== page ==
By the time we finished in the museum we were quite thirsty so we went to this other café we had heard about, called Cheder Café it is actually a coffee shop, not a tea house (SHOCK HORROR).  But we had both been convinced by the promise of Israeli coffee.  This place is lovely, decorated with great colours and furniture and a good soundtrack.  It is the hub of the Jewish community and events.  The place was shutting early on this day for a meeting about the Jewish festival, but we luckily still had plenty of time.  We ordered the coffee, and some food.  I had a Pitta bread with Feta, olives and a sauce called Zateh(?).  The food was good, the breads were thick and tasty, and the filling very satisfying.  The coffee was good too, a lot more mild than I had anticipated.  Spiced very slightly with cinnamon and nutmeg etc.  This, we found out, was from a pre-mixed pot, which was a bit of a disappointment, but it was nice none-the-less, though neither of us were convinced of it being that close to the real thing.

We sat for a while longer then left when the café started to set up for the meeting.  We went for another cup of tea, this time at the hostel that Isabel was staying at, spoke for a while longer and then it was the end of the day.


Day 59, Krakow, March 8th 2012

Tea 59, Long Jing “Tiger Springs”, Czajovnia, Krakow

So, the unavailability of internet has wreaked havoc on my postings, a terrible, terrible neglect and I must apologise, but sometimes that’s how things go…

So, I think my last post was on the 7th of march, it is now the 13th!!  :.S  oops!

So, going back into my memory banks to the 8th… This day started slowly, I stayed in the apartment / dorm of my hosts for most of the morning.  Malgorzata stayed home too and we spent most of the time talking and I also helped her with a script she is writing at the minute.  She wants the film she intends to make to be in English and so I helped her with word order and the usual things, such as expressions and the simple way of how to say things, or how not to say things….one notable example being the English expression of being ‘pissed off’ with someone, this had become to ‘piss on’ someone!  This provided a lot of laughter!  She also showed me a few films she is into, and we watched bits and bobs of all of them.  In the afternoon I had organised to meet another traveller and to go to this tea house called Czajownia.  This is a very similar name to a place in Glasgow called ChaiOvna.

We met at about 3 and went straight in.  This place is really amazing, it is divided into different loose themes, Japan, India, China (I think) and with different decoration and furniture in each.  We were in a more Chinese styled area.  The menu is really massive, a comprehensive list of teas from all over!  I was in tea Nirvana!  We were given the menus and a little bell to ring when we were ready to be served, a neat touch, though we both felt a little rude about ringing for attention!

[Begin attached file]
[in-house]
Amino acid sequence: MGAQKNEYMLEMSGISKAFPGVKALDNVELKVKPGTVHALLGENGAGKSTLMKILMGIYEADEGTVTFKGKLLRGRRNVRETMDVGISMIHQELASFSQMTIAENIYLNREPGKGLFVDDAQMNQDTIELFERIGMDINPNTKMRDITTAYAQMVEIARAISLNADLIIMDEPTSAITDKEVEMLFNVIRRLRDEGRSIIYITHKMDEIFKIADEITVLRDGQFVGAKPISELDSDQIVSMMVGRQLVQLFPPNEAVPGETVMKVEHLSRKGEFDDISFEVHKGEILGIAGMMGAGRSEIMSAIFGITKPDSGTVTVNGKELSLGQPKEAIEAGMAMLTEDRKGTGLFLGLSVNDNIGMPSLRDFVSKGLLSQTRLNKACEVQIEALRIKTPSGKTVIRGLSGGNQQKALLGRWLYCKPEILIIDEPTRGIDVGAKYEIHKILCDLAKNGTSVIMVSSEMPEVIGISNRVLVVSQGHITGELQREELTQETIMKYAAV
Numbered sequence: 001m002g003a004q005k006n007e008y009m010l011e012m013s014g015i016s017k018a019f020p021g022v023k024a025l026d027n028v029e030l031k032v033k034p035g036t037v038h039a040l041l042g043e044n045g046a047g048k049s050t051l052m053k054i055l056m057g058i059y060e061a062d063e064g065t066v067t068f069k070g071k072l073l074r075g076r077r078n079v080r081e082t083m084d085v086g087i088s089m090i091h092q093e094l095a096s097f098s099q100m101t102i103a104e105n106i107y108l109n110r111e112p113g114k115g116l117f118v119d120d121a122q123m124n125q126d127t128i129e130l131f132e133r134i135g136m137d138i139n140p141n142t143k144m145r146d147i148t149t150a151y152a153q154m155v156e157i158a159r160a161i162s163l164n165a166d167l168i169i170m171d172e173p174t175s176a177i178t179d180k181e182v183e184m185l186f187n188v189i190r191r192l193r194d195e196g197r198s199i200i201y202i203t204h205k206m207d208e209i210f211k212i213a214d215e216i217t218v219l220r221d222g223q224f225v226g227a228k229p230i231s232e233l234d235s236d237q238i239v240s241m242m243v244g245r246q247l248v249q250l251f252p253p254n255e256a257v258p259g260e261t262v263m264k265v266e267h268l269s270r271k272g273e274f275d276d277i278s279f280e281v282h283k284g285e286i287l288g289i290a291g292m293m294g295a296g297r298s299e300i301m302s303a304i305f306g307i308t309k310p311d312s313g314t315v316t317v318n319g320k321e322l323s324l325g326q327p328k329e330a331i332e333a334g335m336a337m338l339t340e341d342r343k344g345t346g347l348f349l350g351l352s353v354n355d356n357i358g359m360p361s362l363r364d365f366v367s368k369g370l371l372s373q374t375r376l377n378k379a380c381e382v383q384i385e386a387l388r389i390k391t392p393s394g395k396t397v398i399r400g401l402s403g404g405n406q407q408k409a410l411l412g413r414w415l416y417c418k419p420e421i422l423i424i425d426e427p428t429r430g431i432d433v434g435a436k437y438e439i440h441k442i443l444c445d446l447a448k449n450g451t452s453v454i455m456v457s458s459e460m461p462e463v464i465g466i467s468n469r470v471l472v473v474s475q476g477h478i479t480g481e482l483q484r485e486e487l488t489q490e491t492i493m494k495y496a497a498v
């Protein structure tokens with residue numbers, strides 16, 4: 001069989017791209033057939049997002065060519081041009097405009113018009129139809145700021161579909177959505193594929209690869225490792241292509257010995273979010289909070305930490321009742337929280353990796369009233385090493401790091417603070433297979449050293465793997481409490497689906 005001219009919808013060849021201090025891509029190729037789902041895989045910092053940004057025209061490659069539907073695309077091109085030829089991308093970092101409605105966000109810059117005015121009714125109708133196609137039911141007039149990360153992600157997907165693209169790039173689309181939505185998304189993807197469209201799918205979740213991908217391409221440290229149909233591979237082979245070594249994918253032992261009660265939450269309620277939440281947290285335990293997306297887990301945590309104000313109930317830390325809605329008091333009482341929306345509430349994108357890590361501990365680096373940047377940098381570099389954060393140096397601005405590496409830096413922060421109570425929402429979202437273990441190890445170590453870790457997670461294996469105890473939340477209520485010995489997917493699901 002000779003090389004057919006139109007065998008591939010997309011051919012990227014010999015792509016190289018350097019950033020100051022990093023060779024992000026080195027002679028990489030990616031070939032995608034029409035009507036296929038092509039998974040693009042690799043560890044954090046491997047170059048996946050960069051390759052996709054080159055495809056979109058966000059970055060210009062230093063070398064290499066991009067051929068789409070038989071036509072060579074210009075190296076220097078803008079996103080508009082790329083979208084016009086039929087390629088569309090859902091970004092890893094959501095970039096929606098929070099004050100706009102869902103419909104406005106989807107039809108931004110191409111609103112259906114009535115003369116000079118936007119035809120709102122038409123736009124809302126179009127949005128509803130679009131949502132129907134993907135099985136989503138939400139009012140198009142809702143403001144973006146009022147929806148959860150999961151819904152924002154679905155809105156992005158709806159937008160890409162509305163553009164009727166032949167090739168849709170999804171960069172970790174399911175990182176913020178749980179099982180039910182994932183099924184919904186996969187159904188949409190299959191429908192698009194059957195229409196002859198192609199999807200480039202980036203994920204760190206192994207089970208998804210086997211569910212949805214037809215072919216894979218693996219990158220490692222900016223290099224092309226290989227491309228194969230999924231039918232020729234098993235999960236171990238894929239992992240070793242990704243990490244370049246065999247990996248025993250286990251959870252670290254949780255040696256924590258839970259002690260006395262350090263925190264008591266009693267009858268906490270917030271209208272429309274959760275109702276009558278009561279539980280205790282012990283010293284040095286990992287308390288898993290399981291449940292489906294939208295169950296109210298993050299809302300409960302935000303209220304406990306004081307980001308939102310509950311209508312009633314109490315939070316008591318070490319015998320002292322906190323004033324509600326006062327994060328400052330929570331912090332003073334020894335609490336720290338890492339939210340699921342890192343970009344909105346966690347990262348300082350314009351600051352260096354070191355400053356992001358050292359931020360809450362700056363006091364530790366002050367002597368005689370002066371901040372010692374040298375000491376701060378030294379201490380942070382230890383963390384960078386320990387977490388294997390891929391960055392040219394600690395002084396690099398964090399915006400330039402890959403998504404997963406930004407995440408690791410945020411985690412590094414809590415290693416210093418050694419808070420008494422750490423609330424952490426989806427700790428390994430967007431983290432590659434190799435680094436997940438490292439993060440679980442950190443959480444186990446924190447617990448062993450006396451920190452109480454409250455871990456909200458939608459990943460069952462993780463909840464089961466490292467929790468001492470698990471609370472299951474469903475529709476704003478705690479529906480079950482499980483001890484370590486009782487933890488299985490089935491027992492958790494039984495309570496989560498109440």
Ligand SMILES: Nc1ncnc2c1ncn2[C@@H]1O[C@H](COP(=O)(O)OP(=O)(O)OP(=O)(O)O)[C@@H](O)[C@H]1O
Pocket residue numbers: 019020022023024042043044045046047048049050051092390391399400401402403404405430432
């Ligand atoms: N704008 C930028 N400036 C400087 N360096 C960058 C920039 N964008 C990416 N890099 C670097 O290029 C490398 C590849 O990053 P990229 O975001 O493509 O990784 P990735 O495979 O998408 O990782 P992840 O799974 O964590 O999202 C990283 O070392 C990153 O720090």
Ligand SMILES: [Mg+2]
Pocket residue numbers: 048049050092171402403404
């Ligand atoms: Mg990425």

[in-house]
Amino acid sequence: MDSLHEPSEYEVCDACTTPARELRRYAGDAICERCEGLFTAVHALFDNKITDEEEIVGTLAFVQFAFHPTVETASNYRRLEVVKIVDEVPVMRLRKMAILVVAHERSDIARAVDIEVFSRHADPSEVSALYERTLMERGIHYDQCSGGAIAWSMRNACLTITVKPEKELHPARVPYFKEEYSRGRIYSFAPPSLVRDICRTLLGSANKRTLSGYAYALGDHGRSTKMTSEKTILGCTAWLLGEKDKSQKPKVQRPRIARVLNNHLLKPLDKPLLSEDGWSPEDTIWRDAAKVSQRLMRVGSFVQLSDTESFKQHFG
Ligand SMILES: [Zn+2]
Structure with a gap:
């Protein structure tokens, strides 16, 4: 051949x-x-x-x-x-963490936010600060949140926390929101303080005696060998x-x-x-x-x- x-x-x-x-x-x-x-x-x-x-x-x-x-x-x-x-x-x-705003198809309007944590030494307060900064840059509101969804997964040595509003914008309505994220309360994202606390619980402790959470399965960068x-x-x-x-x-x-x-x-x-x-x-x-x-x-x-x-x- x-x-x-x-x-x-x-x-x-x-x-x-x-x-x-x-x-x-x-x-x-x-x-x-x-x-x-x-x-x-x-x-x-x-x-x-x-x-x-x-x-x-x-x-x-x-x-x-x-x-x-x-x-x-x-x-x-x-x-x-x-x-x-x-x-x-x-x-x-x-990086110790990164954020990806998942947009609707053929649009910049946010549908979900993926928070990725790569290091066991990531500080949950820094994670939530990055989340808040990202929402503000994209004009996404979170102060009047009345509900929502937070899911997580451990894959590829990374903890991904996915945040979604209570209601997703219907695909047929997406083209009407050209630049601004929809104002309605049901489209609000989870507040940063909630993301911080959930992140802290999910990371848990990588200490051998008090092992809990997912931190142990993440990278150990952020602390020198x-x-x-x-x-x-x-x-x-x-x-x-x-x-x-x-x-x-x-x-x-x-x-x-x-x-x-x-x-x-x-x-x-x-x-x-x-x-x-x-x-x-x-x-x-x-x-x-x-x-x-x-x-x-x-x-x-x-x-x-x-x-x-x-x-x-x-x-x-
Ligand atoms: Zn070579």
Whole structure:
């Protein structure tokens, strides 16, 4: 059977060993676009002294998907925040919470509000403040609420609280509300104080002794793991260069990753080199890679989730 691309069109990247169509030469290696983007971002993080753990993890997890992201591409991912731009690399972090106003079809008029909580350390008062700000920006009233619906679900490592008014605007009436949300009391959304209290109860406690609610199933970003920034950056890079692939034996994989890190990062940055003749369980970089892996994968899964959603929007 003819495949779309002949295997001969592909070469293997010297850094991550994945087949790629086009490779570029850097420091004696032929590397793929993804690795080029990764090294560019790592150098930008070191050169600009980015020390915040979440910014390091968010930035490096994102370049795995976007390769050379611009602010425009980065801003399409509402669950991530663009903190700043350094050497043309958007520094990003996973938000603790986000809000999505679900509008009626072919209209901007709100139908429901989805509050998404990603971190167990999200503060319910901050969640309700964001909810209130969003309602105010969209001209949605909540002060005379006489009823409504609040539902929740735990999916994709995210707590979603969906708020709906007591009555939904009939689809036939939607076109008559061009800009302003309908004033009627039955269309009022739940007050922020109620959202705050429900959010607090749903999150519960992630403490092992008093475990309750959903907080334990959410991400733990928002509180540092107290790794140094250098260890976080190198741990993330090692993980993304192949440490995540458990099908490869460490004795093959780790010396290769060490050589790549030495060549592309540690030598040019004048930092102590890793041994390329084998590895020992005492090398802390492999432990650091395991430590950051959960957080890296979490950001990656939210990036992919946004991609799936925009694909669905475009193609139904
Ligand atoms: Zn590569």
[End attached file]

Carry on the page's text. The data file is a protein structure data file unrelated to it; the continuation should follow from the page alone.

I initially chose a really exciting sounding Putuo Fo Cha, a rare and exclusive tea from the island of Putuo Shan.  To my disappointment this tea was so rare they had run out of it!  I was a little upset, but then asked what would be a good alternative.  I was recommended Long Jing “Tiger Springs”, and I took this.

It was a good tea, delicate, light in colour and flavour.  Extreme clarity came with the tea, both in appearance and in flavour.  The guy who prepares the tea does so with extreme care and consideration, he really knows what he is doing and he has turned his preparation into something of a show (albeit unintentionally), timing, pouring, heating, all the proper processes to make each and every tea according to each and every teas requirements.  This is really a great, great place, unfortunately I never made it back there before I left Krakow, but the next time I’m there I will make that my first stop.

After this tea we were both still chatting about life and travel, and tea of course.  So we ordered another.  This time it was not strictly a tea, but a traditional Turkish drink called Sahlep.  This is a milky warm spiced tea that is only served in the winter in Turkey apparently.  Isabel (the woman I had gone for tea with) had had it before, during her various trips to Istanbul, her favourite place in the world it would seem.  She was very excited about trying such a drink outside of Turkey.  She assured me it was quite a good one, so I’m confident I had a decent Sahlep experience.

EVENTUALLY we left the tea house and I went to meet my host.  We were meeting around the corner in Kazimierz, near the famous Zapiekanka stall on Plac Nowy.  We then went to a little bar, the name of which I have forgotten.  We ordered a beer each and waited for Malgorzata’s friend to arrive.  She had organised that we meet so I could talk to her about Glasgow School of Art, she was hoping to go there on her Erasmus exchange, and wanted to find out more about it (I studied there).  She arrived a while later with a friend, and we spoke for a while about it and about travel and all those things.  Then they both had to leave and so we all went.  Malgorzata and I went back home via the Zapiekanka stall, this was my first experience of it.  Put very simply it’s a bit like a Polish version of Pizza.  Bread, cheese and a mushroom sauce base on which you can have different toppings.  I had spinach and onions, and it was a very good choice.  They taste great!  And the serving is MASSIVE!  Really, really great!  Especially so when it’s 11pm and you still haven’t had dinner!


Day 58, Krakow, March 7th 2012

Tea 58: Lemo Mate, the Apartment, Krakow.